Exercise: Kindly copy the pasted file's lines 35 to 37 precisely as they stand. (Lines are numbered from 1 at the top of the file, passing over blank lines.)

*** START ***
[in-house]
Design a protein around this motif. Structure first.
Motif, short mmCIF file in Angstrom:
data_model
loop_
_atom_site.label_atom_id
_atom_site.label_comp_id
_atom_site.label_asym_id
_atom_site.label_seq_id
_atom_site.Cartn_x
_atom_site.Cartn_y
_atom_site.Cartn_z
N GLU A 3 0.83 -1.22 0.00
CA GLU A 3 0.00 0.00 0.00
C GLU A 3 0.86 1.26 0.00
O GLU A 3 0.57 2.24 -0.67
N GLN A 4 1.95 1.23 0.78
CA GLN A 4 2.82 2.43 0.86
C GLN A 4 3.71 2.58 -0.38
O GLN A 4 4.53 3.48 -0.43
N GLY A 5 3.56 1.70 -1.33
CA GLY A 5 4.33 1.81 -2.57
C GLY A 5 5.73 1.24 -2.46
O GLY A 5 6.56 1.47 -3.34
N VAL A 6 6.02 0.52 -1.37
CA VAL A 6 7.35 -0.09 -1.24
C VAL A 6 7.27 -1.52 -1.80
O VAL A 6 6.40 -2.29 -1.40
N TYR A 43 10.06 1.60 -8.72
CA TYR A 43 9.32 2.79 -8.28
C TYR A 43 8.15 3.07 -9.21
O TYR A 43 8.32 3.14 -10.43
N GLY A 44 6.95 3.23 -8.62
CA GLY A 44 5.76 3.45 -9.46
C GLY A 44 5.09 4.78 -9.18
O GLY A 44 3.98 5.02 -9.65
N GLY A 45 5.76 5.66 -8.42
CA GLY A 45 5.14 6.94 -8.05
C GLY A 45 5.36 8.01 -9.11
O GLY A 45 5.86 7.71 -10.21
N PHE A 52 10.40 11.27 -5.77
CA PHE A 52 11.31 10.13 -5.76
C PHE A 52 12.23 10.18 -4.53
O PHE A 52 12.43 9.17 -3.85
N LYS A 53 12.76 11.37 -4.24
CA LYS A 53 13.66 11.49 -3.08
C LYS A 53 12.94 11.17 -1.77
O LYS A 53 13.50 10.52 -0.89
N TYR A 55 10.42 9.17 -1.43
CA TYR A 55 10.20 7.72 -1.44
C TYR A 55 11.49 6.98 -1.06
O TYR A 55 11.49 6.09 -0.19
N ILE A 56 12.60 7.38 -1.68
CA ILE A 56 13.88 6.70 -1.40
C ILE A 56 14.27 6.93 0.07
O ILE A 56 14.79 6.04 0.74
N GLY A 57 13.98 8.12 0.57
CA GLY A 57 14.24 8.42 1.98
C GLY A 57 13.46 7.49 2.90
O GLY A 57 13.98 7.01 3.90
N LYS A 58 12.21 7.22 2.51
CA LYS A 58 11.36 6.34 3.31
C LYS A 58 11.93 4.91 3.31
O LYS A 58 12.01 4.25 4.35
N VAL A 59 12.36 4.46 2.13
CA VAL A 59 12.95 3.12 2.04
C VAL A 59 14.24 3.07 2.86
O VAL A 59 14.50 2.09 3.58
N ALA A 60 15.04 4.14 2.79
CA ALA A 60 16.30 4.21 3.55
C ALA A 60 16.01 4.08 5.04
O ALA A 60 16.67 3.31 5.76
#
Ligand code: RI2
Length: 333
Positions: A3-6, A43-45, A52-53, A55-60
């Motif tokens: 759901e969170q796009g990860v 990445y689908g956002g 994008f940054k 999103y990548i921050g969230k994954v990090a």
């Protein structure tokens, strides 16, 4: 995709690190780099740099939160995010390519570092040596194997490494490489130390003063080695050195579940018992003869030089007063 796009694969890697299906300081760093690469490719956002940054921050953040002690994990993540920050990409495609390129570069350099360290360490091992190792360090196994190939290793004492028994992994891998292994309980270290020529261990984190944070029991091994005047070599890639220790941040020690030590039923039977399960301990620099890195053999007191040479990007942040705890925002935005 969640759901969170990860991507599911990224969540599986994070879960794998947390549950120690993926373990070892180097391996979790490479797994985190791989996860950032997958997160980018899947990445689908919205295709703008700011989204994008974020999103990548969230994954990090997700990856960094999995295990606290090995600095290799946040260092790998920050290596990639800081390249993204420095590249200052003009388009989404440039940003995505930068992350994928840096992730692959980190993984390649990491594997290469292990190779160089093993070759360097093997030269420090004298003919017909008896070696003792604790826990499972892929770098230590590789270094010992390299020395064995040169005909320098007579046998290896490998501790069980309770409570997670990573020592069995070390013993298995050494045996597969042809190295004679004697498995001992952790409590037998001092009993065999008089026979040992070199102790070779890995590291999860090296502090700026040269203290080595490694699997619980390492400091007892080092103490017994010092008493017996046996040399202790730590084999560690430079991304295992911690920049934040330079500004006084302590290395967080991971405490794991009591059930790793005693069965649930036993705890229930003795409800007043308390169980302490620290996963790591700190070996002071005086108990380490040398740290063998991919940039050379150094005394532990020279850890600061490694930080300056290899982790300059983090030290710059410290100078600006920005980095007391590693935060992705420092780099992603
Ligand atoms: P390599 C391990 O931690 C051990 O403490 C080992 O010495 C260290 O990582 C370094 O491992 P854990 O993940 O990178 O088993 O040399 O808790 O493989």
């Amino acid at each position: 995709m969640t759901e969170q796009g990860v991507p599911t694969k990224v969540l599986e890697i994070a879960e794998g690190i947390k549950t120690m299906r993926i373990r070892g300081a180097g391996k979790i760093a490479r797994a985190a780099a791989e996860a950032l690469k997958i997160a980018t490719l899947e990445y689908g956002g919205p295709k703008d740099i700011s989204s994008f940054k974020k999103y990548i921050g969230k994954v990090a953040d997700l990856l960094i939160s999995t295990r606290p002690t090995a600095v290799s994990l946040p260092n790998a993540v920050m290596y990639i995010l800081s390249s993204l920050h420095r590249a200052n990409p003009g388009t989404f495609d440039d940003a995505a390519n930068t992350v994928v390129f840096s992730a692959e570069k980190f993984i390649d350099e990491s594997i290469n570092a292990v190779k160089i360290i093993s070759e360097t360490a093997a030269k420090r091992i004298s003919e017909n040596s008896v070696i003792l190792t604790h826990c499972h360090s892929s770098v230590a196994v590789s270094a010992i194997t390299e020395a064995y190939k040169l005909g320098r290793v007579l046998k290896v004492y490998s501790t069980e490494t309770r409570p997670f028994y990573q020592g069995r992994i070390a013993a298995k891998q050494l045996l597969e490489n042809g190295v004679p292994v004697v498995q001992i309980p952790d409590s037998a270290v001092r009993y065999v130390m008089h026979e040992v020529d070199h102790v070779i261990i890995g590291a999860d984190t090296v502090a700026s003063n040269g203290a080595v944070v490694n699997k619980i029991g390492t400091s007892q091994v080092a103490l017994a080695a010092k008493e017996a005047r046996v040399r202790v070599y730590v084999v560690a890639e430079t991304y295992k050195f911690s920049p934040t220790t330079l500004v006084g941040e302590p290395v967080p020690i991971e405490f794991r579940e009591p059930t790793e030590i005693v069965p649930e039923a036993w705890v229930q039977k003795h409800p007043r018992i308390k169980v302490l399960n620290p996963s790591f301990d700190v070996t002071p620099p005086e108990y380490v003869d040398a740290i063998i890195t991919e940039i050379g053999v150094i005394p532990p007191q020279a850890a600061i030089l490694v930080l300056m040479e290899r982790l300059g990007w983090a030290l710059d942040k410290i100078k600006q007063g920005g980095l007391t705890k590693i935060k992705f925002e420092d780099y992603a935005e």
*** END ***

C GLY A 44 5.09 4.78 -9.18
O GLY A 44 3.98 5.02 -9.65
N GLY A 45 5.76 5.66 -8.42